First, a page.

US House Speaker Nancy Pelosi has rejected some Democrats’ call to vote on a stand-alone legislation to extend enhanced federal unemployment insurance benefits that expired in July, as it would undermine negotiations on the next Covid-19 relief package.
“I don’t think, strategically, it’s where we should go right now because the Republicans would like to pass something like that and say, ‘forget about it’. Forget about state and local, forget about our investments in stopping the virus, forget about other initiatives,” Xinhua news agency quoted Pelosi as saying in an interview on PBS NewsHour on Thursday.
“Because imagine the Republicans could take that into the Senate, put poison pills all over it, and it’s hard to vote against extending unemployment benefits,” she said, adding she personally supports the idea of tying unemployment insurance payments to economic triggers like the unemployment rate.
Pelosi’s remarks came after more than 100 House Democrats on Wednesday signed a letter calling on the leadership to schedule a vote this weekend to extend the extra $600 weekly unemployment benefits and establish unemployment insurance automatic stabilizers for the duration of the pandemic.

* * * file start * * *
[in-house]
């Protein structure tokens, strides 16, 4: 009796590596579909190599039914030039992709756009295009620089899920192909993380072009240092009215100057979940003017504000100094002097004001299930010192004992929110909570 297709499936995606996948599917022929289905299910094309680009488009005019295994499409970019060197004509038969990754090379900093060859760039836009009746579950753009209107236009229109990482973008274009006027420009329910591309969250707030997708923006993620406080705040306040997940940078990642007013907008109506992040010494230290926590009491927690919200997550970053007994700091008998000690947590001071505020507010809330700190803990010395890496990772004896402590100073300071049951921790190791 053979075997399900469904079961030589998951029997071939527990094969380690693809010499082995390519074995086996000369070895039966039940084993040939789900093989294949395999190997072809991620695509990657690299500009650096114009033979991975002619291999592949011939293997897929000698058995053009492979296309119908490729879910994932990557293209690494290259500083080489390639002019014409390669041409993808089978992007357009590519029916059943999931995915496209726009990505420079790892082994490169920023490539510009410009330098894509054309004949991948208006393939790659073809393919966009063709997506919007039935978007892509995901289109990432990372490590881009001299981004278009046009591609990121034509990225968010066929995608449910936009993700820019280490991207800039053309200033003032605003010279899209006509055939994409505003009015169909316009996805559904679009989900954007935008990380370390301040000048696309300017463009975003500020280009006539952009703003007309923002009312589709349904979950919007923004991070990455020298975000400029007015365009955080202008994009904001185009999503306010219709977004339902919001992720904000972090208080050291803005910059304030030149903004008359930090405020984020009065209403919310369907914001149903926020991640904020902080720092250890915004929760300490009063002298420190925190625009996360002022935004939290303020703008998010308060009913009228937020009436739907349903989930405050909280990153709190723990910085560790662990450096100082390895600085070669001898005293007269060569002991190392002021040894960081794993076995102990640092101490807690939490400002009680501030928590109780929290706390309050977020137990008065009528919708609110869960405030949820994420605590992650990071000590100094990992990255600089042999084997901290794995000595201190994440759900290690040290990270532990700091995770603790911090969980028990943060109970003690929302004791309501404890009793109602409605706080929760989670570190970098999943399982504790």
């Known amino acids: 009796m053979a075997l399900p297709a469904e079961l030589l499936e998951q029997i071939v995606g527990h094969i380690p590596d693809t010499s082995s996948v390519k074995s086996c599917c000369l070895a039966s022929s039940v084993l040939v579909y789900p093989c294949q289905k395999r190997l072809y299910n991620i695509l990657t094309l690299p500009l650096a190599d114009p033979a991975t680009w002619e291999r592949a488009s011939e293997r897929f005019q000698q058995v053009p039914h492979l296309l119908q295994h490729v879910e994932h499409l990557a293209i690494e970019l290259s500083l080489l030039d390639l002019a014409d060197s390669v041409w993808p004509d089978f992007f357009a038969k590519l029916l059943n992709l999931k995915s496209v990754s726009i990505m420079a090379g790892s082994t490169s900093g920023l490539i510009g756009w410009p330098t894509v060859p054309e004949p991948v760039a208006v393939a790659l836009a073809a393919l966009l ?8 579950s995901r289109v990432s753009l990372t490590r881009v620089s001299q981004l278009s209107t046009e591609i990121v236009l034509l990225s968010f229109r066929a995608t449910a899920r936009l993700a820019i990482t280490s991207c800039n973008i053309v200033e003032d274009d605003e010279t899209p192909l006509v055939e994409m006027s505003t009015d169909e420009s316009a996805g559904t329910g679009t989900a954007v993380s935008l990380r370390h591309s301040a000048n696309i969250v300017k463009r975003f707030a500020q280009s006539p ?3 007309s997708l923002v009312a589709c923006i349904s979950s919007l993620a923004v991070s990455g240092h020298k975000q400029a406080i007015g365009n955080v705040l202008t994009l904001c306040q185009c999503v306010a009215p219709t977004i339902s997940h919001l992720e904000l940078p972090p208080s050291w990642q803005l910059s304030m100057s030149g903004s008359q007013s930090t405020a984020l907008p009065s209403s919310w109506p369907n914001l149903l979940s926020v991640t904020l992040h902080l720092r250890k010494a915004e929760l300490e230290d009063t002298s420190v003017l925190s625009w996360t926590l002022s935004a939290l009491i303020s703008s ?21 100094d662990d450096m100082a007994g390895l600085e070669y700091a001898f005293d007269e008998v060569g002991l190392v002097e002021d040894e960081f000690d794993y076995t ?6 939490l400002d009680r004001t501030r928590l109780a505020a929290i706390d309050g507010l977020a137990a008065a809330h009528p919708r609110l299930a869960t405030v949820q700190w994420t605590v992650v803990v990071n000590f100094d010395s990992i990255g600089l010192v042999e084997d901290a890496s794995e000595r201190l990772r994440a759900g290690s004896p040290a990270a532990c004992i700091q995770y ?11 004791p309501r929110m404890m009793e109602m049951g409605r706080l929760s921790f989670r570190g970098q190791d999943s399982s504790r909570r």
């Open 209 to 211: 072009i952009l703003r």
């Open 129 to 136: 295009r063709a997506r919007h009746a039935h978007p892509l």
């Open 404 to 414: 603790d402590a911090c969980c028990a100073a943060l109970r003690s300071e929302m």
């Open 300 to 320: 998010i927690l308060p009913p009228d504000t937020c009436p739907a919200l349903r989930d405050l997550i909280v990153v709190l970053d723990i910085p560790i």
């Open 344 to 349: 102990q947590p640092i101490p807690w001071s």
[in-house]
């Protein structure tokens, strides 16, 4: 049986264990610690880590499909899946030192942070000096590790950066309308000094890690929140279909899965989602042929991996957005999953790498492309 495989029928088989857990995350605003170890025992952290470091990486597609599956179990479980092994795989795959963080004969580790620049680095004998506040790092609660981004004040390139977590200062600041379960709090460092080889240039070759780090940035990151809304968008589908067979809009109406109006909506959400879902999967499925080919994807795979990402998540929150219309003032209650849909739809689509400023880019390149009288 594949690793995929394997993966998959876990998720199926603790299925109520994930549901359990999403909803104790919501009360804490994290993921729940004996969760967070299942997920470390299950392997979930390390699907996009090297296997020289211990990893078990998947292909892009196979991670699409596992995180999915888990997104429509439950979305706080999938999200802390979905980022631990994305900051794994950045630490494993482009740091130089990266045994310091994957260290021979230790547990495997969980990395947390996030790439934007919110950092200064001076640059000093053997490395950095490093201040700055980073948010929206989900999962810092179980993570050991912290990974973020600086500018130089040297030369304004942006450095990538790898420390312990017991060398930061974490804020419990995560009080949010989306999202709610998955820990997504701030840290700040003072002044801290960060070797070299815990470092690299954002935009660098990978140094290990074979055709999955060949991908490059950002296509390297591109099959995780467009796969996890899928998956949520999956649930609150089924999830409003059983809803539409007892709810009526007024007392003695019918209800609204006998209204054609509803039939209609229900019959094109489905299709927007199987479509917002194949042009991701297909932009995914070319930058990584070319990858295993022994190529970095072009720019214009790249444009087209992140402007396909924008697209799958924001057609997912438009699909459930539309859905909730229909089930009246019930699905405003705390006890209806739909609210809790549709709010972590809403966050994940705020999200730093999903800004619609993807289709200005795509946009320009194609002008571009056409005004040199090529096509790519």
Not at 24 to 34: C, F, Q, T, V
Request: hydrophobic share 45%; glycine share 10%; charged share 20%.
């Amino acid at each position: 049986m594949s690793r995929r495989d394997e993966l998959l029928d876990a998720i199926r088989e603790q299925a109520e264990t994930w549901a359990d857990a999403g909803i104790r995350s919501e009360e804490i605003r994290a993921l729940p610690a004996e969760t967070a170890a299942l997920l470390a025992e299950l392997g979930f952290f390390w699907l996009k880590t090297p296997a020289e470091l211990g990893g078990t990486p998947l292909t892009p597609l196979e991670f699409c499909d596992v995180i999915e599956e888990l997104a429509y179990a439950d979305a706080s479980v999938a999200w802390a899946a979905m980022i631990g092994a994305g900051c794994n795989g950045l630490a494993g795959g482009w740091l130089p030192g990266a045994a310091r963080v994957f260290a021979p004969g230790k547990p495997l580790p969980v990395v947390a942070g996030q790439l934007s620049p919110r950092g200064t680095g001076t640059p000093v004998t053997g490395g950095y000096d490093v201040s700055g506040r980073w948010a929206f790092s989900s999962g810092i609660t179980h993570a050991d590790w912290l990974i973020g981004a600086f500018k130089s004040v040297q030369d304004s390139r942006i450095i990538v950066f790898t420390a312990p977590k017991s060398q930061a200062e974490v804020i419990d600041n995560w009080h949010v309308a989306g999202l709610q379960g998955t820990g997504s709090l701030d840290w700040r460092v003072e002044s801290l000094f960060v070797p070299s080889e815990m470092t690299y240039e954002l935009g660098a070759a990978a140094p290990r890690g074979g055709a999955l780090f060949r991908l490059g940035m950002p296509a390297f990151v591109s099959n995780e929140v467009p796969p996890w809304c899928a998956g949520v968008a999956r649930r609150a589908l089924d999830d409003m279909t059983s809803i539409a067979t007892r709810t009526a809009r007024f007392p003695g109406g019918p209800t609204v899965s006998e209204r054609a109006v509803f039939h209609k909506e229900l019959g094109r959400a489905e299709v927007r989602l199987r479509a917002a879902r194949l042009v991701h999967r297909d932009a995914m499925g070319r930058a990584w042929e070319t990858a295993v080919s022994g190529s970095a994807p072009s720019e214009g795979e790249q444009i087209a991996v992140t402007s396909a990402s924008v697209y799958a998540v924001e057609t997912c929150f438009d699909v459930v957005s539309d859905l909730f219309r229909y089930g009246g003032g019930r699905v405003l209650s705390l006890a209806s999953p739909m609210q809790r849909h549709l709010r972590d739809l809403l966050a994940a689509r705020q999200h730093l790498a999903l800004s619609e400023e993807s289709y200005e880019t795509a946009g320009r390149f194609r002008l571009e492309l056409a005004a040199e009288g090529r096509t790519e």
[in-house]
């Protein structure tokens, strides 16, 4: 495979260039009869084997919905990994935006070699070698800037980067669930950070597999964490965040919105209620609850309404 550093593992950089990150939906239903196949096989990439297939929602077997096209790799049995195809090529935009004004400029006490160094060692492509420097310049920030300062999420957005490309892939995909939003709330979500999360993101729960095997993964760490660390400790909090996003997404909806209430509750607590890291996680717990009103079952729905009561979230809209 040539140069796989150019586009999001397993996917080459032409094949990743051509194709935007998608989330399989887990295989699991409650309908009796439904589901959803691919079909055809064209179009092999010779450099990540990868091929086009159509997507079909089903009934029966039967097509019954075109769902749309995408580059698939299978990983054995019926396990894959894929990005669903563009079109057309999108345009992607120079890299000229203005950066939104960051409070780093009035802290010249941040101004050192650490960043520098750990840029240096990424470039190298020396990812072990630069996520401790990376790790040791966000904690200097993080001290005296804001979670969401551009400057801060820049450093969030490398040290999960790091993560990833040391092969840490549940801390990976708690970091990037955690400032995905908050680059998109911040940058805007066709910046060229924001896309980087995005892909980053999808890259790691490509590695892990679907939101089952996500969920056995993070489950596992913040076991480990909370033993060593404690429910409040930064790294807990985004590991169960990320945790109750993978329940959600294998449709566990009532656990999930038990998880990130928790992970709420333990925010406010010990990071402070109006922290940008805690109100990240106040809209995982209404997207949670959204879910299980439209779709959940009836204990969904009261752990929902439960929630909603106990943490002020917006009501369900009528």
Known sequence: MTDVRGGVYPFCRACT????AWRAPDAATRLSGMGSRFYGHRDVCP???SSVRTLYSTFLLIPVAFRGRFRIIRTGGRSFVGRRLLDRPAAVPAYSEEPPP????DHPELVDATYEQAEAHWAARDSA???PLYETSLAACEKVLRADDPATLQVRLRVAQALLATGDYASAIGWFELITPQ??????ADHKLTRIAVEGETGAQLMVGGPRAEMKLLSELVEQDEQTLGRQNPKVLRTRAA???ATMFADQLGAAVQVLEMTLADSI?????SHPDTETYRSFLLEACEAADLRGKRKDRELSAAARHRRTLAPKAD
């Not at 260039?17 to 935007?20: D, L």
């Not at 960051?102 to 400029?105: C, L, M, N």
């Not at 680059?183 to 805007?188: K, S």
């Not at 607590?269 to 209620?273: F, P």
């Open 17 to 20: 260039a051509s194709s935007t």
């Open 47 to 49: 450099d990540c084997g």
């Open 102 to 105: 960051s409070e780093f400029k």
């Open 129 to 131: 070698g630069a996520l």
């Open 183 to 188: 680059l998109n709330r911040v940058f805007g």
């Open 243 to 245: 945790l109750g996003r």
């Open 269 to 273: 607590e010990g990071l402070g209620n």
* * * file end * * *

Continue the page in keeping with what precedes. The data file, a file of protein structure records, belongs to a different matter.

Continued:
“While there are various proposals to extend unemployment benefits, the only way to provide financial relief to millions of Americans without being subject to political hurdles, is to enact automatic stabilizers for unemployment benefits,” the lawmakers wrote in the letter.
“By passing legislation that ties unemployment benefits to economic triggers, we can ensure that aid is restored to those who need it and prevent future lapses as long as the economy tells us aid is needed.”
While the extra federal unemployment benefits for roughly 30 million Americans expired towards the end of July, Democratic lawmakers and the President Donald Trump’s administration remain at odds over the next relief package, with both sides blaming each other for making little progress.
As negotiations stall, Trump signed a series of executive orders to extend certain Covid-19 economic relief, but analysts believe that they are unlikely to provide a meaningful boost to the overall economy.